You may consider supermarkets as harmless purveyors of food stuffs that perform an essential function to human existence. Most people use supermarkets regularly, and in the Western nations are increasingly popular, not just for food, but other items such as electricals, phone contracts, car insurance, banking and pharmaceuticals. However, food is what they are known for most and possibly what they still do best. People often forget that supermarkets are not their to provide a service to the customer, although they must give this impression in order to obtain good customer retention. No, supermarkets are in the business of business, and making money is what they do best. In order to maximise the money they make, supermarkets have become incredibly effective selling machines, which are highly efficient in their ability to separate a customer from their money through psychological trickery. Most people believe they are buying what they require when they go to a supermarkets, but often it is the supermarket telling them what to buy.
Using a supermarket therefore requires a certain amount of caution for anyone interested in health or losing weight. The first thing to understand if you are attempting to lose weight, is that the worst thing you can ever do is to go shopping when you are hungry. The supermarkets know the smell and appearance of many of their foods are highly appealing and these foods are often at eye level to entice customers to put them in the shopping trolley. Being hungry increases the risk that the wrong types of well advertised foods from prominent locations on the shelves will make it to the checkout, and this ensures they will be in your cupboards at home. Once at home, it becomes a certainty that they will enter you mouth at some point, and so it is pivotal to avoid shopping when hungry and therefore to avoid the temptation for these often low quality highly advertised foods to be purchased. Always plan shopping trips after a meal and stick rigidly to a list, or delegate shopping to a family member if you think you will be tempted.
Some people are very susceptible to advertising, and this is reflected in the huge sums of money that food companies spend on advertising. Supermarkets are replete with advertising, and the packaging of the products is designed to jump out at you from the shelves in order to catch your gaze. It is important to understand that advertising is required on products that do not sell themselves. Take eggs for example, they are sold in simple boxes, made of dull colours with a small label to show the farm of origin and some other nutritional information. Milk also comes is basic containers with simple plain labels. Neither eggs nor milk are heavily advertised, because people have a need for them and so will buy them anyway. In contrast, ready to eat breakfast cereals, soft drinks and chocolate bars have bright packaging and advertising for such products is extensive, with children often being the targets of interest. Avoiding the temptation to succumb to this often simplistic advertising is therefore necessary to protect your health.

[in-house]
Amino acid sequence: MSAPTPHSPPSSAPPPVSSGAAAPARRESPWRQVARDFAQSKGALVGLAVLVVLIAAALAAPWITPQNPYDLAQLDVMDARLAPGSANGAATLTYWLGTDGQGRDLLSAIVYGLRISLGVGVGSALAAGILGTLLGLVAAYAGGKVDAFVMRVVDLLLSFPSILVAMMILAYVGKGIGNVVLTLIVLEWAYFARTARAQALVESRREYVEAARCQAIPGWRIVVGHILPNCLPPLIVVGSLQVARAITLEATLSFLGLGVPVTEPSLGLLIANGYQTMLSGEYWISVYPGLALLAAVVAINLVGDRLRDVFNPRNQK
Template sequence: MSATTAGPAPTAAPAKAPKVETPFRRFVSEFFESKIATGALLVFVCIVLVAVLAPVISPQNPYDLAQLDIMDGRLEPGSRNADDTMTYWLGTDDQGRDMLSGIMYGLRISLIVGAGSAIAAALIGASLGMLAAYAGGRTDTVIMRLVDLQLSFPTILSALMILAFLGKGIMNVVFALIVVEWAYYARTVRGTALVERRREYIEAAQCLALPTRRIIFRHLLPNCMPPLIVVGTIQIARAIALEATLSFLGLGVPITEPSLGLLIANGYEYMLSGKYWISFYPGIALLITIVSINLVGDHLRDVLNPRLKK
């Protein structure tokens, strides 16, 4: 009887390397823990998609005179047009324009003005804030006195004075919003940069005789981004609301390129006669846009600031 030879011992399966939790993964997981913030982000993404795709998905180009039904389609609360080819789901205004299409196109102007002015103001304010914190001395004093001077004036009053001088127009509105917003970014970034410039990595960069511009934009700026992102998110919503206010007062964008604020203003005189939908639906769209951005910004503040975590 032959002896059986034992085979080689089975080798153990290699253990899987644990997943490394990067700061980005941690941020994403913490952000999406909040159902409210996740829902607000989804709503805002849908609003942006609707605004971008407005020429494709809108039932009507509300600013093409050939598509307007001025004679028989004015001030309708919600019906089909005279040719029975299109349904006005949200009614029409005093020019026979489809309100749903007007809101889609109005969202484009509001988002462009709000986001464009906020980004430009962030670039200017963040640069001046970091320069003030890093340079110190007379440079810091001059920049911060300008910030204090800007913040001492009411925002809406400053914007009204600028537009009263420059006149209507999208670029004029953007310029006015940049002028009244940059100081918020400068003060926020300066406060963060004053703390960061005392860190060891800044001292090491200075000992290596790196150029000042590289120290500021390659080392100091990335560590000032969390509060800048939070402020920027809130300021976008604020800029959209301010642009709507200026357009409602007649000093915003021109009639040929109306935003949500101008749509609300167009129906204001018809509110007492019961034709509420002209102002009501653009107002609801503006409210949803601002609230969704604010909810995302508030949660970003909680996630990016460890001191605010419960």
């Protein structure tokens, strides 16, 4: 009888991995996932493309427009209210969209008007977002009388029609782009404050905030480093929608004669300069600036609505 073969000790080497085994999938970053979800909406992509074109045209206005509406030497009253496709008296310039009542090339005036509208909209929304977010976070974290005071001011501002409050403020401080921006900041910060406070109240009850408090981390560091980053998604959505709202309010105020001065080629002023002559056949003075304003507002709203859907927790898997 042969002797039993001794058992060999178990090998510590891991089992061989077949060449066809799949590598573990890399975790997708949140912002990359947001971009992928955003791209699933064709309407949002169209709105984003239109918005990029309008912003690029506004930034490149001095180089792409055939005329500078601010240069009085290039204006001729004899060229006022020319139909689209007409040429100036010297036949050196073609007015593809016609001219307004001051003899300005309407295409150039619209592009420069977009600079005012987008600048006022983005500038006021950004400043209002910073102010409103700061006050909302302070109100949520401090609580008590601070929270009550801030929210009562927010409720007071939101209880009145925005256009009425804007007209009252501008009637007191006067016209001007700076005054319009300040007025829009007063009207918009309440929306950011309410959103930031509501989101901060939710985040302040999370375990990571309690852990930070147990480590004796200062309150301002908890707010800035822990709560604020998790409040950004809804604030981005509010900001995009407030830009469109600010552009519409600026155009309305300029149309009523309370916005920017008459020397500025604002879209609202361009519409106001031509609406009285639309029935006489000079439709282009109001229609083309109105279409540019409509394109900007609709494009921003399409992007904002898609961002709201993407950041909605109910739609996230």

Another tactic that can be useful in supermarkets is to make certain areas off bounds. The chocolate bars for example are usually on the ends of particular isles near the checkouts. So avoid these areas when paying for food. Soft drinks and ready made cereals often take up entire aisles that contain little else of importance and these areas should be avoided. Enter the store and head straight for the fruit and vegetable section. This section should make up the bulk of your purchases. From this point you can move directly to the milk and dairy aisle, and then to the meat aisle. This sort of route planning negates the need to pass through areas of junk food which may be tempting to certain individuals. Building up a pattern of healthy eating practices will over time reduce cravings for sugar and other addictive food, and so as health improves such drastic measures will not be necessary. It is important to remember that supermarkets are a conspiracy to entice the purchase of high profit low quality foods and as such, caveat emptor.